Wednesday, October 21, 2009

Pigs Vs Cows

I was talking to a butcher recently (Gabriel Claycamp). He buys whole animals, cuts and processes the pieces and sells them.

In many ways, he's got the same challenge as Wooly Pigs; he's got to maximize the value of any carcass he owns.

With a properly fattened Mangalitsa, the fatback is very valuable; in some hands, the single most valuable item on the pig, as these videos demonstrate:

By the way, those videos show why the feeding and age of the pigs at slaughter is so crucial - because besides breed, those are the factors that determine the quality of the fat. If you blow the feed, you ruin your fat quality.

Even if you aren't Chef Stockner, the fat is still valuable, either as lard, sausages, etc. Pigs are amazing in terms of how usable their carcasses are. A person who buys a pig can pretty much use it all up, just as a chef can:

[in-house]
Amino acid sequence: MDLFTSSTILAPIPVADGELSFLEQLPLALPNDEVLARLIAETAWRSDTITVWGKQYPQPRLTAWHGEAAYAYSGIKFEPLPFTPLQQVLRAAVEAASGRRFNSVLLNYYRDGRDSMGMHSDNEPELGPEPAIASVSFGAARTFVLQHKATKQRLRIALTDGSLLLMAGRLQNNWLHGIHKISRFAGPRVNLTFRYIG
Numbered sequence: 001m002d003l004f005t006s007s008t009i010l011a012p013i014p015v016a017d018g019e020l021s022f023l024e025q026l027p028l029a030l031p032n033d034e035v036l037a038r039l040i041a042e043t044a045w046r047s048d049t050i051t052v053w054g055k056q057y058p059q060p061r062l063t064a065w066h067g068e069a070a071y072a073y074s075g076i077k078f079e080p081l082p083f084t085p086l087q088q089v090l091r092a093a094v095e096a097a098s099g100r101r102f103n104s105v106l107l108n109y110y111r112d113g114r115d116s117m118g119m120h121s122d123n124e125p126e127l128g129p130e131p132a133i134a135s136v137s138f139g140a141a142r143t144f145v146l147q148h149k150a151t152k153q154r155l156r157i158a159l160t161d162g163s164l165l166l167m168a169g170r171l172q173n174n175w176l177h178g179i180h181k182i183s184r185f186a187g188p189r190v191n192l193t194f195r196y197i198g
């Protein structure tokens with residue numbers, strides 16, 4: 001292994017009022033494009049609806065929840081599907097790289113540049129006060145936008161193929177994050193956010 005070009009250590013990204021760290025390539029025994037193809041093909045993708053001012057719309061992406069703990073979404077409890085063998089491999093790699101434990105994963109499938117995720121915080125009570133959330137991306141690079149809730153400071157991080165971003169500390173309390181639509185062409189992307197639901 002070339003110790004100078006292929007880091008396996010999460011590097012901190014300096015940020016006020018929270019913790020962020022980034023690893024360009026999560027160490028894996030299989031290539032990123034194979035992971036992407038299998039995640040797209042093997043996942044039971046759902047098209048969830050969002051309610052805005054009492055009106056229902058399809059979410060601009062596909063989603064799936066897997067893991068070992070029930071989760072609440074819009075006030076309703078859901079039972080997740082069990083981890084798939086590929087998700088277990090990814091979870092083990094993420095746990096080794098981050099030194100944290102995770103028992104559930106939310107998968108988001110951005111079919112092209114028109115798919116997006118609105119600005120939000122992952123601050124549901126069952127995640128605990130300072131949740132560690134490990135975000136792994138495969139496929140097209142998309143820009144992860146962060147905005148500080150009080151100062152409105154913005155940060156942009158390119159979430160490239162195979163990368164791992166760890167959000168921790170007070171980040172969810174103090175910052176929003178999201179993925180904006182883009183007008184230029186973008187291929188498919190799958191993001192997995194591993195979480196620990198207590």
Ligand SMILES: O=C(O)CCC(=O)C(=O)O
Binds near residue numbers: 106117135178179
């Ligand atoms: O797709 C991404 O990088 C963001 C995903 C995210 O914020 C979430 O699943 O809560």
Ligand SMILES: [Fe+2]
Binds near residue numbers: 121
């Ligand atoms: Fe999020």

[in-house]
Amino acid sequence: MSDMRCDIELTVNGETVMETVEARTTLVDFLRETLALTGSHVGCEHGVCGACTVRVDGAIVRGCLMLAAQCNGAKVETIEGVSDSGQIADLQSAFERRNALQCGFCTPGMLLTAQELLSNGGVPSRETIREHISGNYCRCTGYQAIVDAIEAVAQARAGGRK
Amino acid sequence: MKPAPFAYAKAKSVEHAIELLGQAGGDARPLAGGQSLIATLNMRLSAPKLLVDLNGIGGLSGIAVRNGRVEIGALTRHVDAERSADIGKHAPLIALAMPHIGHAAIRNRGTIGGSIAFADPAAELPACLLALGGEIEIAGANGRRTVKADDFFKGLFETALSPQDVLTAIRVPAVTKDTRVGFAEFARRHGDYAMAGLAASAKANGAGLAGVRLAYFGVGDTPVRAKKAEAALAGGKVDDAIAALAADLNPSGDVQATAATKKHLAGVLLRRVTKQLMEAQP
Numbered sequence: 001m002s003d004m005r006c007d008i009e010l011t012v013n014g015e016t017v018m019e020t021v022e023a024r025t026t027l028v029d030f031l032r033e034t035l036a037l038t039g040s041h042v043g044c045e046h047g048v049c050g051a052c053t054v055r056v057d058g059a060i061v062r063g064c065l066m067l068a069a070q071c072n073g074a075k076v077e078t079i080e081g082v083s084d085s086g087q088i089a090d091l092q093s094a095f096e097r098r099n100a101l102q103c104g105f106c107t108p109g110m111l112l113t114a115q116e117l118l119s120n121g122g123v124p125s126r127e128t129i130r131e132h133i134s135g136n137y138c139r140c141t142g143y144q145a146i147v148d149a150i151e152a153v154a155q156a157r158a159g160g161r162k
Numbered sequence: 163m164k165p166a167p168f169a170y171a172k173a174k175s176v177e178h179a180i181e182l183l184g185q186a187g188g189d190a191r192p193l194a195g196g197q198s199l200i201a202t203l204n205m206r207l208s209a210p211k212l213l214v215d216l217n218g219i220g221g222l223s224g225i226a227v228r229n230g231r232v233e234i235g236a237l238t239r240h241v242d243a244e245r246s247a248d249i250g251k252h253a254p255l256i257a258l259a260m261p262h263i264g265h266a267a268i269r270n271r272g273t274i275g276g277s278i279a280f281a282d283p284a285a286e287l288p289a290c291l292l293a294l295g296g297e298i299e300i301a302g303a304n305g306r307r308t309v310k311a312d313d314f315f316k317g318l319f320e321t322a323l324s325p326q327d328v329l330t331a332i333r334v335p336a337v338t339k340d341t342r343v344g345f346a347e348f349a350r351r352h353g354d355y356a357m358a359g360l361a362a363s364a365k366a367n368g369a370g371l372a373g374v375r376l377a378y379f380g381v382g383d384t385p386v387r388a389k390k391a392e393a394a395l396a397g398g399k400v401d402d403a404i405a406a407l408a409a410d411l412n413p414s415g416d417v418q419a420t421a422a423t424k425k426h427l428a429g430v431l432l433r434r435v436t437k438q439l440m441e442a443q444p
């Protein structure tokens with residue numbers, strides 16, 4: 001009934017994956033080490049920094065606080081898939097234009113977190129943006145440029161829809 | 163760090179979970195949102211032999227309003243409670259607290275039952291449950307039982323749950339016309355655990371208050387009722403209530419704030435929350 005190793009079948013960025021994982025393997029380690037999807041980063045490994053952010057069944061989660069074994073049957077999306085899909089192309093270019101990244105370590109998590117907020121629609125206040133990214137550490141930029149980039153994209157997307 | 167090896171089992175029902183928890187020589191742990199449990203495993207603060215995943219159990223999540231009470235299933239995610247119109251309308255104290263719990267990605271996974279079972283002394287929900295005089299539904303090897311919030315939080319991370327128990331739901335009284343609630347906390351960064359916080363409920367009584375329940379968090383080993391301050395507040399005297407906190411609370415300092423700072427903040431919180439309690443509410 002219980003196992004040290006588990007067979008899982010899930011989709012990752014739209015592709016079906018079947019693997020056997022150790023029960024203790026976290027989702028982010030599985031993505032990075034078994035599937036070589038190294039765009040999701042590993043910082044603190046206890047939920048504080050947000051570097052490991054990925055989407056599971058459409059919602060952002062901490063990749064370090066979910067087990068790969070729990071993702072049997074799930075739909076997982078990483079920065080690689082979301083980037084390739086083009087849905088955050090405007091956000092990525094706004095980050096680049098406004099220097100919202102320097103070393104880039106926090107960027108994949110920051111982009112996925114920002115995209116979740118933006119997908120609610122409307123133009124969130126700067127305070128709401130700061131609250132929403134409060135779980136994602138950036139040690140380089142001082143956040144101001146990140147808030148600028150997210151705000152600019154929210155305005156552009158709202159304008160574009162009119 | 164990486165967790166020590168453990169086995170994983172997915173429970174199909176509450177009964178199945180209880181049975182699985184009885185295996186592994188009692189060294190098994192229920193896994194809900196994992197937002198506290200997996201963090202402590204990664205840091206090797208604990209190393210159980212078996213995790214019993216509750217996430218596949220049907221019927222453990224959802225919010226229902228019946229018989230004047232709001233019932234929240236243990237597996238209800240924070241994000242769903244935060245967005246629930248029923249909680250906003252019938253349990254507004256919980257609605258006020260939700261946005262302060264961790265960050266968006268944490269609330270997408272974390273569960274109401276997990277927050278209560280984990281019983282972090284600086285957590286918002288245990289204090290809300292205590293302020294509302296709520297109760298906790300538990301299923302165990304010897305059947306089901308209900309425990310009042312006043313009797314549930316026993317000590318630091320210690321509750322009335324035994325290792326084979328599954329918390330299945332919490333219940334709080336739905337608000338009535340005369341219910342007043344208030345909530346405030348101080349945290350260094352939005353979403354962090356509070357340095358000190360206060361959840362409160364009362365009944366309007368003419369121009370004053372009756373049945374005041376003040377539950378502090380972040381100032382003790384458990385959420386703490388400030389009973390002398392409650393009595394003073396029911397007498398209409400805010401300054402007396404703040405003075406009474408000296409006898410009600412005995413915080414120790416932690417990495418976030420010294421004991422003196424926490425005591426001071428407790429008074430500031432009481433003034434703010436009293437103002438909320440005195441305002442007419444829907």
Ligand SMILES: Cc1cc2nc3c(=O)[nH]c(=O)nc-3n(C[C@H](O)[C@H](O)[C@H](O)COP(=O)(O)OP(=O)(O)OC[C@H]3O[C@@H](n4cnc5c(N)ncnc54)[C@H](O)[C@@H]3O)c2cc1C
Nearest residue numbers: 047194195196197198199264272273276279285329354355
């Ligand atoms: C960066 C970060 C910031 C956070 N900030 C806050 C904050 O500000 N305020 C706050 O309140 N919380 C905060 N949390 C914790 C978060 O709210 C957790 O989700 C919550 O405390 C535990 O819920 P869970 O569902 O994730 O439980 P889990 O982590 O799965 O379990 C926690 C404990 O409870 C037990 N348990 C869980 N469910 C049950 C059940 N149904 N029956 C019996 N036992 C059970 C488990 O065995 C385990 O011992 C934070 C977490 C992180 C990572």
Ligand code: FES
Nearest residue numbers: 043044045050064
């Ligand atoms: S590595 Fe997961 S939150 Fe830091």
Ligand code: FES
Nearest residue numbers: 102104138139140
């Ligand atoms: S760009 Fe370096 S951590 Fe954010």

But what if you buy a whole beef? What do you do with all the beef fat? Render that beef fat to produce tallow - and then what? Make candles and soap out of it? Sure, there are some recipes that use tallow or suet - I'm thinking of certain puddings from English cuisine. But the fact that I can't even name them suggests to me that they aren't that popular.

Meanwhile, I've been selling cases and tubs of Mangalitsa lard in the last few weeks. People are using it for frying, baking and cooking.

1 comment:

Anonymous said...

There's a market for tallow from grassfed cattle. I've purchased from US Wellness. I haven't tried it for frying yet, but I've made pemmican.